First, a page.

Alumnus Akinwumi Ogundiran (GRS’00) receives a large AIA grant

Akinwumi Ogundiran (GRS’00), currently at The University of North Carolina at Charlotte, received a large Archaeological Institute of America grant for Archaeology of Dependency in the Royal Necropolis of the Oyo Empire (Nigeria), Nigeria. The project is a continuation of his research on the political economy and social ecology of the Oyo Empire. A National Geographic grant he received a year ago has enabled him to uncover the long-term settlement history of Bara, now dated to the fourth century BC and with four phases of occupation. The long-term settlement history and landscape approaches give good insight into the imperial period that he will investigate using the AIA grant.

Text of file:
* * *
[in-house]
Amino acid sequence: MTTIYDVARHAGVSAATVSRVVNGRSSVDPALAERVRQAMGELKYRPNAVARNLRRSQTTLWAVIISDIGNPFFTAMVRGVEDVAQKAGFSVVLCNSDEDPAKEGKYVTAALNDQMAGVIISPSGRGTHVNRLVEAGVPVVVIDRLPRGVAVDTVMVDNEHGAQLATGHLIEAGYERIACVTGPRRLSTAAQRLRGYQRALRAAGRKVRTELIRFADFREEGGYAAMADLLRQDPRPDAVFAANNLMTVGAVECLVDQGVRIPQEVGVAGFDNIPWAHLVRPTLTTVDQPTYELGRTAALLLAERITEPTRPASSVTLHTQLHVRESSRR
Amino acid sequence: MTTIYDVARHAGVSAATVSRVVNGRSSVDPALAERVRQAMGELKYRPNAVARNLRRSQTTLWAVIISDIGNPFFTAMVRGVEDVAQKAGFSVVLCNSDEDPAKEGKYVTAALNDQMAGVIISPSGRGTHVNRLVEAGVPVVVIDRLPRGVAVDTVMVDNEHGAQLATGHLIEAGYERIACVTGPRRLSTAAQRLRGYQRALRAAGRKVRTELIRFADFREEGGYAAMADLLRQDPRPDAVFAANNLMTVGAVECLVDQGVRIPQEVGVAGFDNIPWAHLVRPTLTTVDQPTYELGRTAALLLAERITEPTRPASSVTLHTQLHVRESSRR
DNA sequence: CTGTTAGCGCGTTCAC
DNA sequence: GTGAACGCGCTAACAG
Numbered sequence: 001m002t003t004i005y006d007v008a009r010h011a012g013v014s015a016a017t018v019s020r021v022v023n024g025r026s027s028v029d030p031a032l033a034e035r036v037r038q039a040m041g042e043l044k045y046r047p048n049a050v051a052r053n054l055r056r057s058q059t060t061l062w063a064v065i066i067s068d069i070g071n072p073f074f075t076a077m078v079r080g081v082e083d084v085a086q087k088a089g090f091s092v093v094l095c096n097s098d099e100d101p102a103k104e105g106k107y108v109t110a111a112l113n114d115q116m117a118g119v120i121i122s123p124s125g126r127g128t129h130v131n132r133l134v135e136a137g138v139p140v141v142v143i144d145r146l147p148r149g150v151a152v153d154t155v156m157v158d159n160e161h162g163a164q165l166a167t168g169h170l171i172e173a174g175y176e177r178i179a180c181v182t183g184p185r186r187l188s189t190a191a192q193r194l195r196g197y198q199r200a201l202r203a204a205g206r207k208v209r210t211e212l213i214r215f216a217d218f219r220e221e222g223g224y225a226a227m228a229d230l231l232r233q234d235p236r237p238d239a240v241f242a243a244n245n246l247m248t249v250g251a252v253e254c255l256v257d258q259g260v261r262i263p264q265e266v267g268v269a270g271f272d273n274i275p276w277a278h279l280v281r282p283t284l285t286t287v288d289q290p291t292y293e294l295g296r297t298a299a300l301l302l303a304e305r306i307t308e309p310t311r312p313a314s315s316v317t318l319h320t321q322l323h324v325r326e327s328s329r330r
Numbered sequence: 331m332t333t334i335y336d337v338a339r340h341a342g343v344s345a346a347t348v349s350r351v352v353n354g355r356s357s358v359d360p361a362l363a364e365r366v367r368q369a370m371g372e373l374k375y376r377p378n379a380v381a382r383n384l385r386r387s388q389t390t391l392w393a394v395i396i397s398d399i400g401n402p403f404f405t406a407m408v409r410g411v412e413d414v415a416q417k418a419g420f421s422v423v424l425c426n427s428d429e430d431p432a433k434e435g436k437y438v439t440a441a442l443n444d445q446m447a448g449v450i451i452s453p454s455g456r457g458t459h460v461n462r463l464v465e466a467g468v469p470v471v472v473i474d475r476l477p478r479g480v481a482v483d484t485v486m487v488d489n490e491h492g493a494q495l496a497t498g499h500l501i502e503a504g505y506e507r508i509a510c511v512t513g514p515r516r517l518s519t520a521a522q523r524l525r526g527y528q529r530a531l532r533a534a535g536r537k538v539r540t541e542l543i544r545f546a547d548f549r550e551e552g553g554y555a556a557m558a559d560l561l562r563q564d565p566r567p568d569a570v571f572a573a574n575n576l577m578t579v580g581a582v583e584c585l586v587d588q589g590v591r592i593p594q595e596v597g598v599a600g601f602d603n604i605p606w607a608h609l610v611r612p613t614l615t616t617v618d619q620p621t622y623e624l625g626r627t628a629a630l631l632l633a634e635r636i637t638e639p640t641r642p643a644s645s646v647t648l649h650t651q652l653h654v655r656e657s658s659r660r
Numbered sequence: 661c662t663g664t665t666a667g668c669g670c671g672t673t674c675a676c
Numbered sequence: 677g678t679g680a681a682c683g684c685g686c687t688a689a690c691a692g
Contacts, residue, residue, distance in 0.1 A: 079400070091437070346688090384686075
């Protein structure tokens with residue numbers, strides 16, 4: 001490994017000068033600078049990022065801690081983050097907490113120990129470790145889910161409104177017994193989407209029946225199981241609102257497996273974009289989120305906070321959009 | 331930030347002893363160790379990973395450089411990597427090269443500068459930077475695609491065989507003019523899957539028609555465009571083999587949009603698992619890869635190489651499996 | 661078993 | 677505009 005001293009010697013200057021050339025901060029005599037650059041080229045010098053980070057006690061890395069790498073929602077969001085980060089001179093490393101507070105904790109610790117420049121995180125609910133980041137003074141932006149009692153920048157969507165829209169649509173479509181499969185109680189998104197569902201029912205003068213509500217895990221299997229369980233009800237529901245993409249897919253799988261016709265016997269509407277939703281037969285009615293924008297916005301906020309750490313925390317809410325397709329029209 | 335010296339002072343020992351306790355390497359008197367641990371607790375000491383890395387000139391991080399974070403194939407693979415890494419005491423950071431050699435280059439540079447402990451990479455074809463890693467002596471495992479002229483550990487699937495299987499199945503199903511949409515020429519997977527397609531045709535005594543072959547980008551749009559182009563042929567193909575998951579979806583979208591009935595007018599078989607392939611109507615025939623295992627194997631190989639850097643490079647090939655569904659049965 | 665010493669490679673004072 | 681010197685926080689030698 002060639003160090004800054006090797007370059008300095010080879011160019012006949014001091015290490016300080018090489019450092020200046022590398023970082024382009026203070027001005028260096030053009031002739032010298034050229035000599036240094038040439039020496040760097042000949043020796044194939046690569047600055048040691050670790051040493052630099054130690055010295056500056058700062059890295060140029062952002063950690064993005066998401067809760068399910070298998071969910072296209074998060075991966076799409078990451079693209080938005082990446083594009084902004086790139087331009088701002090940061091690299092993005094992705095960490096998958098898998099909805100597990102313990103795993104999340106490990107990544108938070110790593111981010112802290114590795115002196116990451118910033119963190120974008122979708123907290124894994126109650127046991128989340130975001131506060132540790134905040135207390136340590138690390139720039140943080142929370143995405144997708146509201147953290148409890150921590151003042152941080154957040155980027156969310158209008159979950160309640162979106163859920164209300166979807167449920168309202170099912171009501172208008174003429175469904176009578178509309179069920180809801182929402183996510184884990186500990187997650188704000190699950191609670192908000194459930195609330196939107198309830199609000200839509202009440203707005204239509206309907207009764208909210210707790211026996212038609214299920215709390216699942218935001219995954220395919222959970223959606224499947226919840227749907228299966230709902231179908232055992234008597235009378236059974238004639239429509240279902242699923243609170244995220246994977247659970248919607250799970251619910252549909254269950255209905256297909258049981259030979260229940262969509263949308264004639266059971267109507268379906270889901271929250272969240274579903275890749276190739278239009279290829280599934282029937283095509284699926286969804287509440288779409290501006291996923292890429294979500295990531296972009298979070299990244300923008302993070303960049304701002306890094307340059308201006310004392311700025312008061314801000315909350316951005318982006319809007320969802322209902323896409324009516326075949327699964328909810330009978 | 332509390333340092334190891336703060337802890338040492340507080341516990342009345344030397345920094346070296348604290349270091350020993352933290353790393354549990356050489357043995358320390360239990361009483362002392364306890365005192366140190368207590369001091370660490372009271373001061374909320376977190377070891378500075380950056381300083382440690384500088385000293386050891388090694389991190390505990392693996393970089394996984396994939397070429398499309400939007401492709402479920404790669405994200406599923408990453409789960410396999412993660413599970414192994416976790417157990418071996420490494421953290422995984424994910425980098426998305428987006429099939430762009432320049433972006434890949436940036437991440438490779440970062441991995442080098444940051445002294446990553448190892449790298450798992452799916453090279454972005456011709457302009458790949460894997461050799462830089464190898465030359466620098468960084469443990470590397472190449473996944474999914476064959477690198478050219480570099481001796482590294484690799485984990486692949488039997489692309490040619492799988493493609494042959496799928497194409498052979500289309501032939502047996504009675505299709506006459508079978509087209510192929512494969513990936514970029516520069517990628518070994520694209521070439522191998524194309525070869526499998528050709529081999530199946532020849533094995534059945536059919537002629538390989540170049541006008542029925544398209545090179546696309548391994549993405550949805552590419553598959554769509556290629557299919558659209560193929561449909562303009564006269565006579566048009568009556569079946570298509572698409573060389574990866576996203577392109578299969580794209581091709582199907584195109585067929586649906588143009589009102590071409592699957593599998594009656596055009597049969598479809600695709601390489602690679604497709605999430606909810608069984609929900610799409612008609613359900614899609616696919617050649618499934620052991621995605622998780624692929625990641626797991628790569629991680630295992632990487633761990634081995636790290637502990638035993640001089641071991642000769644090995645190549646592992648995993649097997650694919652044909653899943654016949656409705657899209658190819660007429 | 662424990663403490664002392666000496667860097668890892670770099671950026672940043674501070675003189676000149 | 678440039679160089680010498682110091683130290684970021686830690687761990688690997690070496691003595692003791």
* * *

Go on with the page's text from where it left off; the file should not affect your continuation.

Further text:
The archaeology of dependency in the royal necropolis (Bara) of the Oyo Empire, 1570-1840 (West Africa), is the subject of this study. Archaeological and anthropological studies have focused on the modalities of dependent relationships, but not on the living experiences of institutional dependents. This research project will contribute to filling this gap. I will carry out excavations at five residential units in Oyo royal necropolis to understand the everyday lives of the hundreds of priestesses, priests, soldiers, workers, and others who were confined there for the rest of their lives to serve the needs of the deceased but deified kings of the empire. The residents of Bara lacked personhood, disavowed relationship with the outside world, lacked familial obligations, and cannot reproduce themselves. I will investigate how this state of dependency affected everyday lives in the necropolis and the kinds of agencies the residents possessed. The results of the 12-week fieldwork will lead to at least three major articles in peer-review journals, and the completion of the dossier for nominating the necropolis to the National Historic Site status. The empirical data will stimulate comparative, cross-cultural dialogue on the dynamics of dependency as a sociological fact.